At the beginning of the year, I hadn’t found a class or teacher that I really loved yet at my yoga studio. I’m still fairly new to my studio; my job is hectic and the holidays made it really hard to go consistently. Around the end of January, though, I found a teacher that I love. I look forward to her class every week. She is welcoming, funny, outgoing, gentle, and encouraging – a great mix for a yoga teacher, in my opinion. The first class I attended where she was teaching she explained she likes to do a class for each chakra at the beginning of the year. I had missed the first two weeks but was ready to jump in with the manipura (solar plexus) chakra. It was refreshing and fun; I was so easily hooked. The idea of running through each chakra for a class has inspired me to do the same thing for my blog. So, for the next seven weeks I will be discussing each chakra and how counselors can learn to help clients balance them, depending on their presenting issues and ailments.
Before we jump in to our first chakra in this series, let me briefly describe what a chakra is.
There are seven total chakras, each one corresponding with a specific place on our nerve ganglia in the spine. It starts at the root, the bottom, and goes up, to the crown. Chakras connect our mind and our bodies. Each chakra builds off the chakra that comes before it, acting as a level system; the first chakra acts as a foundation and allows the other chakras to grow tall and bloom. Chakras are associated with lotus flowers, every level having their own number of petals. Chakras, like lotus flowers, can be open or closed. When a chakra is too closed, we are avoiding that energy; if a chakra is too open, we are preoccupied with those energies. (Judith, 2002). The goal, when focusing attention on our chakras, is achieving balance with each level.
First up: Muladhara, the root chakra.
Muladhara, the first chakra, is represented by the color red. Muladhara is commonly called the root chakra. It is located at the perineum, or the base, of the spine. The root chakra is associated with the element of Earth; it’s function is to ground us. Muladhara’s lotus flower has four petals and provides the starting point for all other chakras; it focuses on our survival, health, and fear. When the root chakra is balanced, an individual will feel safe and grounded; this stability allows us to flow up to the next chakra. A balanced root chakra equates to a feeling of security. If the chakra is unbalanced, the person will feel fearful, becoming uncertain of their safety (Judith, 2002).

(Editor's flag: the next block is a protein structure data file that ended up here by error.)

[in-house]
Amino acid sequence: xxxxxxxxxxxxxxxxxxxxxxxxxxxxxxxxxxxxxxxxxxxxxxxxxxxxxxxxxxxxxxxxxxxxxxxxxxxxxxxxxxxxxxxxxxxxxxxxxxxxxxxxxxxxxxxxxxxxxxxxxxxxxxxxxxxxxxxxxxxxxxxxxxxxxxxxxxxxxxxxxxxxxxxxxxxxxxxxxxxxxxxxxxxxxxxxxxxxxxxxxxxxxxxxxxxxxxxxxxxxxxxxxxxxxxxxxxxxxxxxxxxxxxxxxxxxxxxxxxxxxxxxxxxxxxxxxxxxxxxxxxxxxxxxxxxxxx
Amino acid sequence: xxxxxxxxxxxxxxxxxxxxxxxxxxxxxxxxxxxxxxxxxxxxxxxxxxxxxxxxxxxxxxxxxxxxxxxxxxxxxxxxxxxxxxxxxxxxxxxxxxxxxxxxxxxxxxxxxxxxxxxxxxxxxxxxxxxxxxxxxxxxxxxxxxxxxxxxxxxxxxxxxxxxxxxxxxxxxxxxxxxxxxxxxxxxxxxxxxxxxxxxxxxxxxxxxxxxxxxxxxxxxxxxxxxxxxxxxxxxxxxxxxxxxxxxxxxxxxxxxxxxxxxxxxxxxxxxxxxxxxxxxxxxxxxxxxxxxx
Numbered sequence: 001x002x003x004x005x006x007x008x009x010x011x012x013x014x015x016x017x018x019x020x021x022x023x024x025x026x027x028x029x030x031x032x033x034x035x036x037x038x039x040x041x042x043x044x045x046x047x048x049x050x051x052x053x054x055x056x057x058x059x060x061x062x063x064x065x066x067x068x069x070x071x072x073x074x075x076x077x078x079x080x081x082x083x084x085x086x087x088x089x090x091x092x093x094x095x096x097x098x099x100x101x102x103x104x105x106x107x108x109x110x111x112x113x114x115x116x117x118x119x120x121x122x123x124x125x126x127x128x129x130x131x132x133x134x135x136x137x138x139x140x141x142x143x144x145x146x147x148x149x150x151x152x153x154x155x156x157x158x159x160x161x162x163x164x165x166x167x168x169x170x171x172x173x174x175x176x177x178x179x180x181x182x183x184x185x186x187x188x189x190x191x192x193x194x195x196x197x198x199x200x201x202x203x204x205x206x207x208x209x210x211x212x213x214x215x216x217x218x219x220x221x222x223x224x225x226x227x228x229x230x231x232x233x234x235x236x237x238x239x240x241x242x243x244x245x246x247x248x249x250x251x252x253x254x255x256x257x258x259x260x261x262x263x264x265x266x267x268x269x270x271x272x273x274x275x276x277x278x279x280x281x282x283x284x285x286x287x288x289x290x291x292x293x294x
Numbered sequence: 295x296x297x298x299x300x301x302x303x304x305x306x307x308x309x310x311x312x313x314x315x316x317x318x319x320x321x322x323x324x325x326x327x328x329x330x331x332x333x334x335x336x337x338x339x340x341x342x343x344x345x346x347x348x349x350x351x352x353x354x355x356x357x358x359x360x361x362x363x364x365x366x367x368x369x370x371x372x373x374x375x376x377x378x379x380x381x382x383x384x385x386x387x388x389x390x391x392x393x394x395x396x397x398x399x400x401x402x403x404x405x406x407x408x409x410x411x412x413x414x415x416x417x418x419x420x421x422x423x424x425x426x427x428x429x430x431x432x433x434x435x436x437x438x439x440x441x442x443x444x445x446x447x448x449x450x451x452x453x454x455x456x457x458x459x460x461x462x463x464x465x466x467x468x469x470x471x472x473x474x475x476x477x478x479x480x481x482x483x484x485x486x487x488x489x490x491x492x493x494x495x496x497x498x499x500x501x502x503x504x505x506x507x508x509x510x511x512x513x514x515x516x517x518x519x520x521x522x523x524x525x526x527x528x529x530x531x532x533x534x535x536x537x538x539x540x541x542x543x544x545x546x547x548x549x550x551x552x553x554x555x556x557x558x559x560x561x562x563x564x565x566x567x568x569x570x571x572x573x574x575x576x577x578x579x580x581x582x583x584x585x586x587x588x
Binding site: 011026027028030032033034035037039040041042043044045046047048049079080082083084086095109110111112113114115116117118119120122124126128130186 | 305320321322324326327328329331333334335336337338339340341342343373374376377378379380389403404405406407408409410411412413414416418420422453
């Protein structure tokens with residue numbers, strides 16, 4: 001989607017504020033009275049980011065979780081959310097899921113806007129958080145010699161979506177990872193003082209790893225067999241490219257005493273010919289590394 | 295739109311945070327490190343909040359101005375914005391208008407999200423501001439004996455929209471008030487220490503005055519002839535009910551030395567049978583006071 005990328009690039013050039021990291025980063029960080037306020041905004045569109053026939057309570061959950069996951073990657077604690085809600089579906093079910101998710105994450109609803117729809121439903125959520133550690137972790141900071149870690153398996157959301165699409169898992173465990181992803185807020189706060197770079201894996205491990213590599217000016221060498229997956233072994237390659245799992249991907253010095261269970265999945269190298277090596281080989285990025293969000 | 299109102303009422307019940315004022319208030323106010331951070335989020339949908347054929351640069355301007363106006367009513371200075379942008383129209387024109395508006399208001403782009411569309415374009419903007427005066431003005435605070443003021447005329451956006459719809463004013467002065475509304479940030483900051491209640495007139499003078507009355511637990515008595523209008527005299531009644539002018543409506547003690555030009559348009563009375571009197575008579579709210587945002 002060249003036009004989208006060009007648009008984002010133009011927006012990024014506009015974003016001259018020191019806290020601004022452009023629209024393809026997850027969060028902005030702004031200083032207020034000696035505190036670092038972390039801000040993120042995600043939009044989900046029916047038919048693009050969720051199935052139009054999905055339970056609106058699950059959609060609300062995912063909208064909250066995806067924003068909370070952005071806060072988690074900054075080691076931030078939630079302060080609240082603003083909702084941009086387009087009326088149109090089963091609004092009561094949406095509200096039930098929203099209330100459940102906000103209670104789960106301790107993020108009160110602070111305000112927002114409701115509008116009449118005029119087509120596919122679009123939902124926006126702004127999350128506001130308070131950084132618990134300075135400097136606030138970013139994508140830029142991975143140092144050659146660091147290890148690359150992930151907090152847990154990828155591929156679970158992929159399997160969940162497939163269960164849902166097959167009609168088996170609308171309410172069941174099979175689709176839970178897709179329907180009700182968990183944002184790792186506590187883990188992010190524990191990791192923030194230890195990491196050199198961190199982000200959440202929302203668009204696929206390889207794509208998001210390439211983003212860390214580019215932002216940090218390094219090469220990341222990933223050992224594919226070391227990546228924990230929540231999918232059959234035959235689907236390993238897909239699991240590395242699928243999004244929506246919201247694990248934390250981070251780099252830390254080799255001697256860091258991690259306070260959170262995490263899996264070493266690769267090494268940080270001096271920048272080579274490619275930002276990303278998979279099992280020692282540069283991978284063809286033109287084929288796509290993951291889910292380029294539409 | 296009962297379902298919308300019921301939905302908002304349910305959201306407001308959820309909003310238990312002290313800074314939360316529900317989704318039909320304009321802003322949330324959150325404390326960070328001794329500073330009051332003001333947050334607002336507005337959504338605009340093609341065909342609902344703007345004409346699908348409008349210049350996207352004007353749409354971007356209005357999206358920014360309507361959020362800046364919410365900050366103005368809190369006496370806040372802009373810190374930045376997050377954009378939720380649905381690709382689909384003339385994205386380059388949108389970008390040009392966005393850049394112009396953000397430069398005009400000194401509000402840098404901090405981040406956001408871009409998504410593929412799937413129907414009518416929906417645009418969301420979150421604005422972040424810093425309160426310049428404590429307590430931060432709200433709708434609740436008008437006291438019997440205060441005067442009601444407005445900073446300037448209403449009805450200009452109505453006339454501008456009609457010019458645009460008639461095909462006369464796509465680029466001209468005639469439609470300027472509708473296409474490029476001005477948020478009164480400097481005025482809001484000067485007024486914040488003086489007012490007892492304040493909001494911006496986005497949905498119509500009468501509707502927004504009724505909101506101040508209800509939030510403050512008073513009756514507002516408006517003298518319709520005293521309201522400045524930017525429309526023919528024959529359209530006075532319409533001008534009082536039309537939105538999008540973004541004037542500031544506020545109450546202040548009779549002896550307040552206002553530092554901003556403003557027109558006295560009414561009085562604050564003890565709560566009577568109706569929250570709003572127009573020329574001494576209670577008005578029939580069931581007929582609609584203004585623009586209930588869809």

The issues to focus on with clients experiencing an unopened or closed muladhara would be a sense of fear. An overly anxious, scared, or dependent client may be experiencing an imbalanced root chakra. While I was researching the first chakra, I kept coming back to Maslow’s hierarchy of needs. Maslow’s hierarchy, not unlike the chakra system, builds off of each level. The base focuses on biological or physiological needs, followed by safety (McLeod, 2014). When I first meet with a client, I ensure they have these basic needs – access to shelter, food, safety, etc. Once I have established that they are safe, then we can begin to work on the deep rooted problems (if there are any – sometimes it really is just a need for basic things!).
But what if the client continually feels unsafe, anxious, or scared, even outside of a crisis? What should we do next?
When feeling ungrounded, it’s important that we help our clients build self worth (Judith, 2002). Personally, I would encourage clients to build on their strengths, and focus on the positive things in their life that are happening, that they own, or that is around them. This can be particularly hard, especially if a client is persistently negative. Perhaps that is why cognitive behavioral therapy is most commonly used to treat clients with anxiety disorders (American Psychological Association, 2010). Changing one’s thought patterns can be extremely helpful with an individual who chooses to be negative. A pessimistic outlook can certainly lead to an open or closed root chakra. Cognitive behavioral therapy is probably the most well researched therapy model out there; it is more directive than I am used to doing but can be extremely helpful with some clients. (Some counseling theories will work really well with one client but not at all with another – it’s important to be flexible in this profession.) Alice Boyes recommends helping clients permit uncertainty, identify rumination (excessive and repeated thoughts), acknowledge hurtful thinking patterns, facilitate mindfulness techniques, and accept mistakes as useful cognitive behavioral tools for working through anxiety issues (2012).